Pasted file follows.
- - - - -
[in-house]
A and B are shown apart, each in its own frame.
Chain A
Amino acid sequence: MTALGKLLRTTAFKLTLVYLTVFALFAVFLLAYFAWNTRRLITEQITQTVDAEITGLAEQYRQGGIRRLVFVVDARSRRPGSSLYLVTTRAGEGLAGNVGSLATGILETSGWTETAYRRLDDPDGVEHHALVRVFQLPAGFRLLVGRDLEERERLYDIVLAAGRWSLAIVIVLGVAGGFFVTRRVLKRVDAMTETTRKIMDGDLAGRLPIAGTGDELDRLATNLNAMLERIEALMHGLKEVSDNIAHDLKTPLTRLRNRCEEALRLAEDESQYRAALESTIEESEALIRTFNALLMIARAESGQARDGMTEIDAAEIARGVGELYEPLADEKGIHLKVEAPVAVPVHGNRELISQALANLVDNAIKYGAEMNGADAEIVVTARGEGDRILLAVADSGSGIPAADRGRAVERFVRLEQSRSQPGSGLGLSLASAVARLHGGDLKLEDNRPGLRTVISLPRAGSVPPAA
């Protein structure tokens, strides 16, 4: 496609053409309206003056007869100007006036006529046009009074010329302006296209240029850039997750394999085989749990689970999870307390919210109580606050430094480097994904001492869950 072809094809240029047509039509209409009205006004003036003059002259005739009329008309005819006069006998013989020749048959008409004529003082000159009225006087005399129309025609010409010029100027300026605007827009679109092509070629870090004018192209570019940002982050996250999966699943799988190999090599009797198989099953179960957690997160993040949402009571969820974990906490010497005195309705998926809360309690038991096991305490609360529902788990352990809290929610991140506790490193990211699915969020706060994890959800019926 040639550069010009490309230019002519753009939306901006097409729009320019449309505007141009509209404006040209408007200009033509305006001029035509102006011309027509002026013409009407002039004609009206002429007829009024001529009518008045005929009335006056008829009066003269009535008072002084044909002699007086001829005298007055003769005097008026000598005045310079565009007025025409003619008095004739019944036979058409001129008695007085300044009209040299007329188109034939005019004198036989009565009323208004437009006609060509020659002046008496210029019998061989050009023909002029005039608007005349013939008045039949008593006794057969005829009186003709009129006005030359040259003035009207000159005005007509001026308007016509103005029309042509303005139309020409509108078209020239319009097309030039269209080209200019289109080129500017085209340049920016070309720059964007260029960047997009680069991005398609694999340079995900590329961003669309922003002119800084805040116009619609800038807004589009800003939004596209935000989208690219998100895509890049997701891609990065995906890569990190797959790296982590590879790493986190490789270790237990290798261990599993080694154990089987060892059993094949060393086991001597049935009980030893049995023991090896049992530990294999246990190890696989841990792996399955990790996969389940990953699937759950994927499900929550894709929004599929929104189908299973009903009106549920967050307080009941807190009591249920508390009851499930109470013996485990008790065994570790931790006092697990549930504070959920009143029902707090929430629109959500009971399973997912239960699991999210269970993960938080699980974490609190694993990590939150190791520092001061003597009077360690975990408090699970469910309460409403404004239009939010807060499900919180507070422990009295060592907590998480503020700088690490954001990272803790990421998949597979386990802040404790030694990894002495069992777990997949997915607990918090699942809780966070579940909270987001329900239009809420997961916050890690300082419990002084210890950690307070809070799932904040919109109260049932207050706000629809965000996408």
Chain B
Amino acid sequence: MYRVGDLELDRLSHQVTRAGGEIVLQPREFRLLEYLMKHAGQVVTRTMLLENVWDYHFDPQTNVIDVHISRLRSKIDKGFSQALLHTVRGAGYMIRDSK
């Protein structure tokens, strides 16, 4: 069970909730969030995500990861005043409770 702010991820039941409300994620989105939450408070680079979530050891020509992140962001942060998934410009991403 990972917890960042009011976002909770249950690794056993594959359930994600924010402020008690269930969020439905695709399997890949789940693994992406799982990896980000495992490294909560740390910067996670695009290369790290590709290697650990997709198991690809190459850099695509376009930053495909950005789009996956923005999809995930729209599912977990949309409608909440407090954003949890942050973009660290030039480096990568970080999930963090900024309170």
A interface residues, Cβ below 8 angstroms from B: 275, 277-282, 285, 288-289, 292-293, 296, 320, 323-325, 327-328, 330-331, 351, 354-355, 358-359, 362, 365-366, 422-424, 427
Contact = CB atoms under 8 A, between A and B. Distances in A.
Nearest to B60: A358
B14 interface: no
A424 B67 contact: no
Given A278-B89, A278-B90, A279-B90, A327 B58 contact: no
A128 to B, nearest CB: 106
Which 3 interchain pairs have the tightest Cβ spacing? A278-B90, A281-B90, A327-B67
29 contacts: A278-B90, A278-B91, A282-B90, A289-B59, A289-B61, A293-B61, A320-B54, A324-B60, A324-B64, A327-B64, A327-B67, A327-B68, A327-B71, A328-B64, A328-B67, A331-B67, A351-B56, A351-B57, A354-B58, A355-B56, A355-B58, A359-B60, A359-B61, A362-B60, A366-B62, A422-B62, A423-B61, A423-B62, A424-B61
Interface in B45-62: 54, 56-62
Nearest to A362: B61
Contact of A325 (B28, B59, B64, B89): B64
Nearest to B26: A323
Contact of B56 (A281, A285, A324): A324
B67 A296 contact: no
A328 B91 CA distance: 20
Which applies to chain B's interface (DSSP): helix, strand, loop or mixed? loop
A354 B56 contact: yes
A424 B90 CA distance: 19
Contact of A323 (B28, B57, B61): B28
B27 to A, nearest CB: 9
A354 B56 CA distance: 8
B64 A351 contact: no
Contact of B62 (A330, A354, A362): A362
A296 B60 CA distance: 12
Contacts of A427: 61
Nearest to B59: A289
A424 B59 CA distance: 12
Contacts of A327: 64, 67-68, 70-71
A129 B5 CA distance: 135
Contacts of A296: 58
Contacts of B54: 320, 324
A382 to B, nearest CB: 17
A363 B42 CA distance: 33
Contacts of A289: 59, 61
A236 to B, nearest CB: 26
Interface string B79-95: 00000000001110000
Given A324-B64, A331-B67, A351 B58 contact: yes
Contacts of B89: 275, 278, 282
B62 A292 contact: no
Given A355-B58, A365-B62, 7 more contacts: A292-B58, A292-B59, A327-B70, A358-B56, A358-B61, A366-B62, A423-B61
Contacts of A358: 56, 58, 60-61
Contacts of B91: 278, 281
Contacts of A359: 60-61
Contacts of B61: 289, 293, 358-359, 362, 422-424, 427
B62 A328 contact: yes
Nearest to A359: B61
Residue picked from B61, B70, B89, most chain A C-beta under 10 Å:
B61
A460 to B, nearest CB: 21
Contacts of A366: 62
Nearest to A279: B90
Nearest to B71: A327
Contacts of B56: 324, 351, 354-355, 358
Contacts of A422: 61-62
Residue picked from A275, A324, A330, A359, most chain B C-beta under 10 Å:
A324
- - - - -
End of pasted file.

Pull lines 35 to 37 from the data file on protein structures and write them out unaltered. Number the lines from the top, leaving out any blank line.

Nearest to B59: A289
A424 B59 CA distance: 12
Contacts of A327: 64, 67-68, 70-71